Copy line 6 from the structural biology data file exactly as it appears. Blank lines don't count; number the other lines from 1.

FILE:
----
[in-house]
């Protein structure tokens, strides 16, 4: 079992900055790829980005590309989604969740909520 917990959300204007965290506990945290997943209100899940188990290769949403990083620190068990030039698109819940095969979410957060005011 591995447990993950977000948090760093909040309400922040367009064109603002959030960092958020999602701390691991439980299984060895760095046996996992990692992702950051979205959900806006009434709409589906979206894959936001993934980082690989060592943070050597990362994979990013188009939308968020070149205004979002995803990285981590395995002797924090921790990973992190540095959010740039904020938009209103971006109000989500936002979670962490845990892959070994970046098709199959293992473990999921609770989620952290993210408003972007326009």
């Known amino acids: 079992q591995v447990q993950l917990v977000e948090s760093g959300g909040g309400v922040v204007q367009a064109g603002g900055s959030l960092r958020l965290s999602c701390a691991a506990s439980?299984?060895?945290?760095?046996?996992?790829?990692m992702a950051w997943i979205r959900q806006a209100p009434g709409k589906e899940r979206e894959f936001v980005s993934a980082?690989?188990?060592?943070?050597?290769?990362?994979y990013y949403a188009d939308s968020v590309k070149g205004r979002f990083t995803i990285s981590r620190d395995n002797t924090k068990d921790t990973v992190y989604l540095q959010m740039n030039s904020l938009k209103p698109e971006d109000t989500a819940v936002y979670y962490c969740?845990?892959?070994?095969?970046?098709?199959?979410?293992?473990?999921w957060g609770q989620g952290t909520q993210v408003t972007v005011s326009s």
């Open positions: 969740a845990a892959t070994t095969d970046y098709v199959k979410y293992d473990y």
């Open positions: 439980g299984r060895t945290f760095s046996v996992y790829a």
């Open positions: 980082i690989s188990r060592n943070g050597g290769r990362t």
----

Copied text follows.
């Open positions: 980082i690989s188990r060592n943070g050597g290769r990362t």